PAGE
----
## Floyd-Warshall Algorithm

The Floyd-Warshall algorithm is an efficient DynamicProgramming algorithm that computes the shortest path between all pairs of vertices in a directed (or undirected) graph. This is arguably the easiest-to-implement algorithm around for computing shortest paths on programming contests.

// Basic Floyd Warshall Implementation
// input:
//     d is a distance matrix for n nodes.
//         e.g. d[i][j] is the distance to move directly from i to j.
//         if no direct link from i to j then initialize d[i][j] = Infinity.
//         the distance from a node to itself is 0. Initialize d[i][i] = 0 for all i.
//     p is a predecessor matrix. it enables you to reconstruct the shortest paths.
//         p[i][j] should be initialized to i.
// output:
//     d[i][j] contains the total cost along the shortest path from i to j.
//     p[i][j] contains the predecessor of j on the shortest path from i to j.
for (k=0;k<n;k++)
for (i=0;i<n;i++)
for (j=0;j<n;j++)
if (d[i][k] + d[k][j] < d[i][j]) {
d[i][j] = d[i][k]+d[k][j];
p[i][j] = p[k][j];
}

// Recursive function to reconstruct the shortest path from i to j
// using the predecessor matrix computed above
print_path (int i, int j) {
if (i!=j)
print_path(i,p[i][j]);
print(j);
}

## Applications

• All-pairs shortest path - Computing shortest paths between every pair of vertices in a directed graph.
• Transitive closure. Basically for determining reachability of nodes. Transitive closure has many uses in determining relationships between things.
// Transitive closure variant of Floyd-Warshall
// input: d is an adjacency matrix for n nodes.
//     reachability of a node to itself e.g. d[i][i] should be initialized to 1.
// output: d[i][j]=1 will mean j can be reached from i.
for(k=0;k<n;k++)
for(i=0;i<n;i++)
for(j=0;j<n;j++)
if(d[i][k]=='1' && d[k][j]=='1') d[i][j]='1';

• Detecting negative-weight cycles in graphs. (If there is a negative weight cycle, the distance from a the start node to itself will be negative after running the algorithm)
• Bipartiteness - (Although you can also do bipartiteness checking based on single-source shortest paths algorithms like Dijkstra). Basically, you can detect whether a graph is bipartite via parity. Set all edges to a weight of 1, all vertices at an odd shortest-distance away from some arbitrary root V are in one subset, all vertices at an even distance away are in another subset.
• Minimax - Minimax in graph problems involves finding a path between two nodes that minimizes the maximum cost along the path. (Example problems include finding feasible paths to take by car with a limited fuel tank and rest stations at every node). See below for the tweak for Floyd-Warshall that enables finding minimax. You can also add in an update to a predecessor matrix in order to keep track of the actual path found.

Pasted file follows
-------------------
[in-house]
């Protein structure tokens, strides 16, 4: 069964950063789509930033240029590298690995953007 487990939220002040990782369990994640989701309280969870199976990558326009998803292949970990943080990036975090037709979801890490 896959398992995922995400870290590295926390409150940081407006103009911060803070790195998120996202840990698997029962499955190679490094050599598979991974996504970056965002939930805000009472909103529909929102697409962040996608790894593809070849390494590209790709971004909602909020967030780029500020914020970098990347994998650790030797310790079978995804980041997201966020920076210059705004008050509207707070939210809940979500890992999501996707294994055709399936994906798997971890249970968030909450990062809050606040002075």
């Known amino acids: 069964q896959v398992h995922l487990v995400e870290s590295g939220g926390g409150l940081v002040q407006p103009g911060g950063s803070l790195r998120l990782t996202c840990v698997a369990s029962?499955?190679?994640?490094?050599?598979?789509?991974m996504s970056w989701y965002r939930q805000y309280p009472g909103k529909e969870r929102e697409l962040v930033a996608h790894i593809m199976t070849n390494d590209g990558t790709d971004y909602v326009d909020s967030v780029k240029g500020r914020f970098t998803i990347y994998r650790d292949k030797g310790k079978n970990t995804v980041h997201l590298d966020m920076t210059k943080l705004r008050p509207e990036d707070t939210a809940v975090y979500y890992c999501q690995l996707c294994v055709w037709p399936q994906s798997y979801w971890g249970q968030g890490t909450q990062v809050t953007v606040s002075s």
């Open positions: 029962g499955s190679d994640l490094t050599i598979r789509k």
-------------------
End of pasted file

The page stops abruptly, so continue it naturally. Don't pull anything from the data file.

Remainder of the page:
// Minimax variant of Floyd-Warshall example
// input: d is an distance matrix for n nodes e.g. d[i][j] is the direct distance from i to j.
//     the distance from a node to itself e.g. d[i][i] should be initialized to 0.
// output: d[i][j] will contain the length of the minimax path from i to j.
for (k=0; k<n; k++)
for (i=0; i<n; i++)
for (j=0; j<n; j++)
d[i][j] = min(d[i][j], max(d[i][k], d[k][j]));

• Maximin - the other way around from Minimax - here you have problems where you need to find the path the maximizes the minimum cost along a path. (Example problems include trying to maximize the load a cargo truck can take when roads along a path may have a weight limit, or trying to find a network routing path that meets a minimum bandwidth requirement for some application). See below for the tweak for Floyd-Warshall that enables finding maximin.

// Maximin variant of Floyd-Warshall example
// input: d is an distance matrix for n nodes e.g. d[i][j] is the direct distance from i to j.
//     the distance from a node to itself e.g. d[i][i] should be initialized to 0.
// output: d[i][j] will contain the length of the maximin path from i to j.
for (k=0; k<n; k++)
for (i=0; i<n; i++)
for (j=0; j<n; j++)
d[i][j] = max(d[i][j], min(d[i][k], d[k][j]));

• Safest path - Similar in construction of Floyd-Warshall to minimax and maximin - Need to maximize the product of probabilities of survival along a path. Simply change the max to a min to find the most dangerous path.

// Safest path variant of Floyd-Warshall example
// input: p is an probability matrix (probability of survival) for n nodes
//     e.g. p[i][j] is the probability of survival moving directly from i to j.
//     the probability from a node to itself e.g. p[i][i] should be initialized to 1
// output: p[i][j] will contain the probability of survival using the safest path from i to j.
for (k=0; k<n; k++)
for (i=0; i<n; i++)
for (j=0; j<n; j++)
p[i][j] = max(p[i][j], p[i][k] * p[k][j]);